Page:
Throughout history cultures have identified spinal manipulations, of one kind or another, as beneficial for function, health, and vitality. As far back as 460 – 385 B.C. Hippocrates, often referred to as the father of medicine, described a technique for treating scoliosis by the use of gravity to effect spinal manipulation1.
Since that time spinal manipulations have been used in cultures around the world; Balinese of Indonesia2; the Lomi-Lomi of Hawaii3-5; Japanese, China, and India6; Shamans of Central Asia7; the Sabodors in Mexico8; bone setters of Nepal9,10, Russia, and Norway11.
There is no doubt that throughout the span of human history spinal manipulations have been viewed as helpful. However, Chiropractic as we know it today, was founded by D.D. Palmer in 1895. D.D. Palmer was a natural doctor with a small practice in Davenport, Iowa. One evening he had a “chance” encounter with the janitor that cleaned his office, a deaf man by the name of Harvey Lillard. Through their encounter D.D. learned that Harvey was not born deaf, but had experienced a back injury 17 years earlier and had been deaf ever since. D.D. offered to examine Harvey and discovered an unusual prominence within the spinal column at the place Harvey indicated his original injury was.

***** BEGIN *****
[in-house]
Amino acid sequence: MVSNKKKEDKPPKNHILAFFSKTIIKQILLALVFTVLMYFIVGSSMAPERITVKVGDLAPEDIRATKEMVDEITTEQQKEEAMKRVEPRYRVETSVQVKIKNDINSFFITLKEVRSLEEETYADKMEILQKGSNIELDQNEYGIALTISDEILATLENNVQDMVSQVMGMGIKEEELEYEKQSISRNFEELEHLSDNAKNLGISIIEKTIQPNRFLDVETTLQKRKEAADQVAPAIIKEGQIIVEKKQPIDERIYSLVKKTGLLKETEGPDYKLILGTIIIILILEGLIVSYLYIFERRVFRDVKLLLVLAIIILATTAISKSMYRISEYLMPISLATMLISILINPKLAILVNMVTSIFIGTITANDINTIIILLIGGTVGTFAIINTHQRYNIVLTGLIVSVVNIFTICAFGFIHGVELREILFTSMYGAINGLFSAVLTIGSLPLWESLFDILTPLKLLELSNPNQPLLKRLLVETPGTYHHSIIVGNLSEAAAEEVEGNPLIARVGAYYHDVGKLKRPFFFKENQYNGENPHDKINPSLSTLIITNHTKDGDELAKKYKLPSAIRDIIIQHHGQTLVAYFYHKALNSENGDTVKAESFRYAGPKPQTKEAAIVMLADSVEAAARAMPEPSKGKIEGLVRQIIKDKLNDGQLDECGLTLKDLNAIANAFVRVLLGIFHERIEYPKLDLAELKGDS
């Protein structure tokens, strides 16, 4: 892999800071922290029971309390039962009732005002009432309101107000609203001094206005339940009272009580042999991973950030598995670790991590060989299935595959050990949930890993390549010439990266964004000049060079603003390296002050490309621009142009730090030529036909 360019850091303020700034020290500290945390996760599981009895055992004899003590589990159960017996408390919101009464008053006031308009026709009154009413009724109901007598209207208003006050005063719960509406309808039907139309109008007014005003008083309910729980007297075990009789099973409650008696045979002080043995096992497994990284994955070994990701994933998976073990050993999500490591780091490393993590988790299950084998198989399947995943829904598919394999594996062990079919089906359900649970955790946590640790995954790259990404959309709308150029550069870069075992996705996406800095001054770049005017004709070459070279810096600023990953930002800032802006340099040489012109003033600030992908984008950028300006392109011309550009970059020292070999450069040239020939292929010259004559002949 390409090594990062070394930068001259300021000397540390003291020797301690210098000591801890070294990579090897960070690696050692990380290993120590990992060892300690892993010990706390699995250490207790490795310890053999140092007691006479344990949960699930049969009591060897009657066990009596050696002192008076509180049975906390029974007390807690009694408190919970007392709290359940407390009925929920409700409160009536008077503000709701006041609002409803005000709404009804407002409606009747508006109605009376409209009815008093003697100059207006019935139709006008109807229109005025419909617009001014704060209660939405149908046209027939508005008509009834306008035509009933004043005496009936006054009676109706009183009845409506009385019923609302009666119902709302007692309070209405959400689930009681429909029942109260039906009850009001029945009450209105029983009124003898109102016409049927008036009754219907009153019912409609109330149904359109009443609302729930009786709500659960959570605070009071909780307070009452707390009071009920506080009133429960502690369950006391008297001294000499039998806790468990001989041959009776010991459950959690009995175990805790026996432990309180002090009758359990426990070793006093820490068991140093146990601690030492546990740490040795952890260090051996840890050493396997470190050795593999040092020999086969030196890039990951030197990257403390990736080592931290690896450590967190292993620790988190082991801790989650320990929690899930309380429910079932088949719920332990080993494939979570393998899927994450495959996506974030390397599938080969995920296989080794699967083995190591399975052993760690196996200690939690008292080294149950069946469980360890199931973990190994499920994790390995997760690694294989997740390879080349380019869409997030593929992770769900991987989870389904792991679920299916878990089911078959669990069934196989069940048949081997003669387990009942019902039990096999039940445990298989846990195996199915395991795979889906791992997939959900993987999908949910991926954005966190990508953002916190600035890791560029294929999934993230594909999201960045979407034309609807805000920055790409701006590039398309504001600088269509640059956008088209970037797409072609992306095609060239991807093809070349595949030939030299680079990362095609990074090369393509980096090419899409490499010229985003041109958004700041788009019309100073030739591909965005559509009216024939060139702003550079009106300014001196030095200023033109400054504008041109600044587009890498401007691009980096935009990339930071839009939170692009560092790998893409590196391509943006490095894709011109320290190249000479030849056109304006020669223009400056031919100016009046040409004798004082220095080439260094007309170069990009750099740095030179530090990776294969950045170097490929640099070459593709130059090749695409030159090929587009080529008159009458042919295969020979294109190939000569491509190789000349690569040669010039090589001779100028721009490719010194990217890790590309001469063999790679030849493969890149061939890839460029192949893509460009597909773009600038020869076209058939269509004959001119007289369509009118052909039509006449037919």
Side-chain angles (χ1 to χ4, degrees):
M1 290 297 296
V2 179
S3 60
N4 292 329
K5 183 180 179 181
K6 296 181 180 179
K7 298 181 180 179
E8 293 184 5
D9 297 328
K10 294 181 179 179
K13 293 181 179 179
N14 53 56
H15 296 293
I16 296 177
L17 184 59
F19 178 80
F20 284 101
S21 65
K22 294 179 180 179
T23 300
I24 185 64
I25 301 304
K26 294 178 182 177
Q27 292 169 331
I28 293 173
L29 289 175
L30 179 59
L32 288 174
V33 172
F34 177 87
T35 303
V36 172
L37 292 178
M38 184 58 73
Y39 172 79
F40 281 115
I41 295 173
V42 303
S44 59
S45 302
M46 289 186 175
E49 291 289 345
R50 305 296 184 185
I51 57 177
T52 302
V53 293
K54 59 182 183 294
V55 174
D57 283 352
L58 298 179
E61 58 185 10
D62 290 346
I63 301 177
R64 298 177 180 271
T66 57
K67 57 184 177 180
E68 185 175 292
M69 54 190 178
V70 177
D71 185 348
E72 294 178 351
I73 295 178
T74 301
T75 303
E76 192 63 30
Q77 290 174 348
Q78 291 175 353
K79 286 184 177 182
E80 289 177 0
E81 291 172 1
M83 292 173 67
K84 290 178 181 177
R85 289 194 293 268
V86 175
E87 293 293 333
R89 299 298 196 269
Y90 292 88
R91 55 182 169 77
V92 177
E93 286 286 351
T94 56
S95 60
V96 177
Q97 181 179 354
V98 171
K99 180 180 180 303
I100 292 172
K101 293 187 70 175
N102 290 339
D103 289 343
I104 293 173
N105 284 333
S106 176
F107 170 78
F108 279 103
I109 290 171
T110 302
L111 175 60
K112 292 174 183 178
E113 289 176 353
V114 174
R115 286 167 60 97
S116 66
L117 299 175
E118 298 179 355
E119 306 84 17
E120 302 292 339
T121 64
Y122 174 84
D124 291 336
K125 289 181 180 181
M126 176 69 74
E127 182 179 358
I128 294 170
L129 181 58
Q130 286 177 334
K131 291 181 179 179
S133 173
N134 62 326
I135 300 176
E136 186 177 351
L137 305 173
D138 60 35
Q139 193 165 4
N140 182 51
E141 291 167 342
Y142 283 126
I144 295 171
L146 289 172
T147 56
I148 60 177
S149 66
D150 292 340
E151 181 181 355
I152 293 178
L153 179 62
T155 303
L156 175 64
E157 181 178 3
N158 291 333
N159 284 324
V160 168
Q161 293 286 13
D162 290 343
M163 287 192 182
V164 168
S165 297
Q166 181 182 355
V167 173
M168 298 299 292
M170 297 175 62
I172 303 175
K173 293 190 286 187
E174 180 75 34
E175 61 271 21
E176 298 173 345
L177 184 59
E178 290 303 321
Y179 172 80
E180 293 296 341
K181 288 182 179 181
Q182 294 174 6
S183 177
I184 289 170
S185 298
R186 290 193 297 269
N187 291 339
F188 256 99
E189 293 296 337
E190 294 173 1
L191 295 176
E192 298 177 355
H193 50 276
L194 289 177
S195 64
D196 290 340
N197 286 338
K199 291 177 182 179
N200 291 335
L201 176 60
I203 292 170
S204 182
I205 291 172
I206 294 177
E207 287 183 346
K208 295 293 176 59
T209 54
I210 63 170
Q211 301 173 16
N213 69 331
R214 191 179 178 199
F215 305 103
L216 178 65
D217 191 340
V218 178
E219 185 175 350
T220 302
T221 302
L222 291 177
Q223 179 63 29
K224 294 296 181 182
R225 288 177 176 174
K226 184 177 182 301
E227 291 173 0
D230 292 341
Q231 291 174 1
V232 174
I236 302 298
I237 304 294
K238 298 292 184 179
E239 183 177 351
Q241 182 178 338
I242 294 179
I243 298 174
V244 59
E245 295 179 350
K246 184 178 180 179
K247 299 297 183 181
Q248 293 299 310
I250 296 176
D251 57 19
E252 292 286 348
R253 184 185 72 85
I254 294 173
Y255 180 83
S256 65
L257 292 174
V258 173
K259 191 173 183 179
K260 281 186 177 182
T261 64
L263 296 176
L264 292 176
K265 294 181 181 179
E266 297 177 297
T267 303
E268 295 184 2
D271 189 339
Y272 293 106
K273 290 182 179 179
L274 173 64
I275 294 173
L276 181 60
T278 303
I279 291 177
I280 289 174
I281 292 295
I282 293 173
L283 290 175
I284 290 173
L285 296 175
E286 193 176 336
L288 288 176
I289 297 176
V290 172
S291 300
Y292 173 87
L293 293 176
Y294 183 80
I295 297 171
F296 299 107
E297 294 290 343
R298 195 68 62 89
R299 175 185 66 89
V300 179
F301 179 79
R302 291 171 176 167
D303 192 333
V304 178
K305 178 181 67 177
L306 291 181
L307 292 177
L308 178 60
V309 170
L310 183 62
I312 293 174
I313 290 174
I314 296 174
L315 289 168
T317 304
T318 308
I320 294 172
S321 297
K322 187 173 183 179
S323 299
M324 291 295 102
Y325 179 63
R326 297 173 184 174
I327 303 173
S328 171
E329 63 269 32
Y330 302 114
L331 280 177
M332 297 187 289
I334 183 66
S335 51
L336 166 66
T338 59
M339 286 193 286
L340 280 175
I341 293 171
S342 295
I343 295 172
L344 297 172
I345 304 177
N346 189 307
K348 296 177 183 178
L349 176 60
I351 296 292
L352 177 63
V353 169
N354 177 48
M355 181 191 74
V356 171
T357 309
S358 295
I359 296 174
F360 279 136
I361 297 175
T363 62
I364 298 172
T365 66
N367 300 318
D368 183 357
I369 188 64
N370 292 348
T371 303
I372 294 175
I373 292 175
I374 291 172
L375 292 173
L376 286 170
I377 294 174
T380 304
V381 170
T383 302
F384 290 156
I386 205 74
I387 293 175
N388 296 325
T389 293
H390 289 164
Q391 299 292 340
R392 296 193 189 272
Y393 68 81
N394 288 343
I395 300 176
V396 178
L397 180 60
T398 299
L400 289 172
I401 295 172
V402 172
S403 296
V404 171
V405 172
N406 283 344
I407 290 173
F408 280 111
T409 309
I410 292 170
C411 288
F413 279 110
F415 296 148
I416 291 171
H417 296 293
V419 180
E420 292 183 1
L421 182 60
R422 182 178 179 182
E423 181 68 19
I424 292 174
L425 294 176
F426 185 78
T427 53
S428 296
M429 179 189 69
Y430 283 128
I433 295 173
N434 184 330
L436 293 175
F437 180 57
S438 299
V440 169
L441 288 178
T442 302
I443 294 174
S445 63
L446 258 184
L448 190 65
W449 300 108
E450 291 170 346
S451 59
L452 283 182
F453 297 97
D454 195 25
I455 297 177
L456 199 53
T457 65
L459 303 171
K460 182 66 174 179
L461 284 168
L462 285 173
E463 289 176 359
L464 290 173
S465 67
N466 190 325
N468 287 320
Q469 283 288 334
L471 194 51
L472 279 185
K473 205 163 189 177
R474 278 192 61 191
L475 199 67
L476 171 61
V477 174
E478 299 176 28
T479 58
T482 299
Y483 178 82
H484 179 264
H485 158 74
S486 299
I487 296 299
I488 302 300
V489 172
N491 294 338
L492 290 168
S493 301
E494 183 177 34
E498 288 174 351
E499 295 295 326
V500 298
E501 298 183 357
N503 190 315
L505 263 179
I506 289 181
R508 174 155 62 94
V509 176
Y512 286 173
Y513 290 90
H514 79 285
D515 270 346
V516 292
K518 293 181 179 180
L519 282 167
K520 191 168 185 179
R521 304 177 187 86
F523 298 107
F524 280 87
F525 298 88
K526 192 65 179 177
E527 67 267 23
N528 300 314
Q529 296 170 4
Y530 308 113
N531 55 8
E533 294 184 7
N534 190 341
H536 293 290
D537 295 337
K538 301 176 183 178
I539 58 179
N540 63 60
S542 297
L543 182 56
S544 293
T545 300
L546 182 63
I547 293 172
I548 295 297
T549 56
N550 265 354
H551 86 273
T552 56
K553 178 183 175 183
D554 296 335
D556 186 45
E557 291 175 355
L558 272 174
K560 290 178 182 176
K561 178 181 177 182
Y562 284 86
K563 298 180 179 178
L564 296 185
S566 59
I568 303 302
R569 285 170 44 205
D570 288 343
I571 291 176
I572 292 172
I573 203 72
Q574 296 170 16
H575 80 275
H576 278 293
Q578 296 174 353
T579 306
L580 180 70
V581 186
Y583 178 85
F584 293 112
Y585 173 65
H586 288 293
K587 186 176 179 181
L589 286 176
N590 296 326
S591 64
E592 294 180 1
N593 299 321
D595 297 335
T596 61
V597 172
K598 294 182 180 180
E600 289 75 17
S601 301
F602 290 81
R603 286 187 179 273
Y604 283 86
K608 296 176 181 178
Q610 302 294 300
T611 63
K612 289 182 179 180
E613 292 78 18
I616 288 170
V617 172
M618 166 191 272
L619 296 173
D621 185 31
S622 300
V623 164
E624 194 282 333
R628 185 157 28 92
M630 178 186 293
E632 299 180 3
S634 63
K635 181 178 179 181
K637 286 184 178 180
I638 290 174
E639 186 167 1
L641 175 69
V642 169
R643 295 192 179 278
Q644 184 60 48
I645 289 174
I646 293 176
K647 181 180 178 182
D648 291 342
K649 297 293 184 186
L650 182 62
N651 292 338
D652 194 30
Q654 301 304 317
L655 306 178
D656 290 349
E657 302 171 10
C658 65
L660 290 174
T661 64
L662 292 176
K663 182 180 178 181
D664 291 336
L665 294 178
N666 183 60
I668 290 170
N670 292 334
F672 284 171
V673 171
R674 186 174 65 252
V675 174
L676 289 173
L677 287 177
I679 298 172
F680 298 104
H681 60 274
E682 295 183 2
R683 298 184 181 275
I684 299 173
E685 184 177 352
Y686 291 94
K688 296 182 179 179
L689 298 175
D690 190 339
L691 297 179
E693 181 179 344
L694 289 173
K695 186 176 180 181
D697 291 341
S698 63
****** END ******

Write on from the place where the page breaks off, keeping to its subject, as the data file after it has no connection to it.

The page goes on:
Rationalizing that the prominence was a misaligned vertebra, and the result of the injury,
he decided to thrust on the vertebra in an attempt to bring it back into a normal position. Within 24 hours Harvey reported back to D.D. that he his hearing had been restored!
D.D. reasoned that because the nervous system controlled functions of the body, such as hearing, that if bones of the spine were out of place this would cause stress on the nerves that would not allow them to work. By restoring the proper placement of the spine, nerves were able to start working again, thus Harvey Lillard regained his hearing. D.D. referred to this theory as, “The Law of the Nerve”, and with this Chiropractic was born.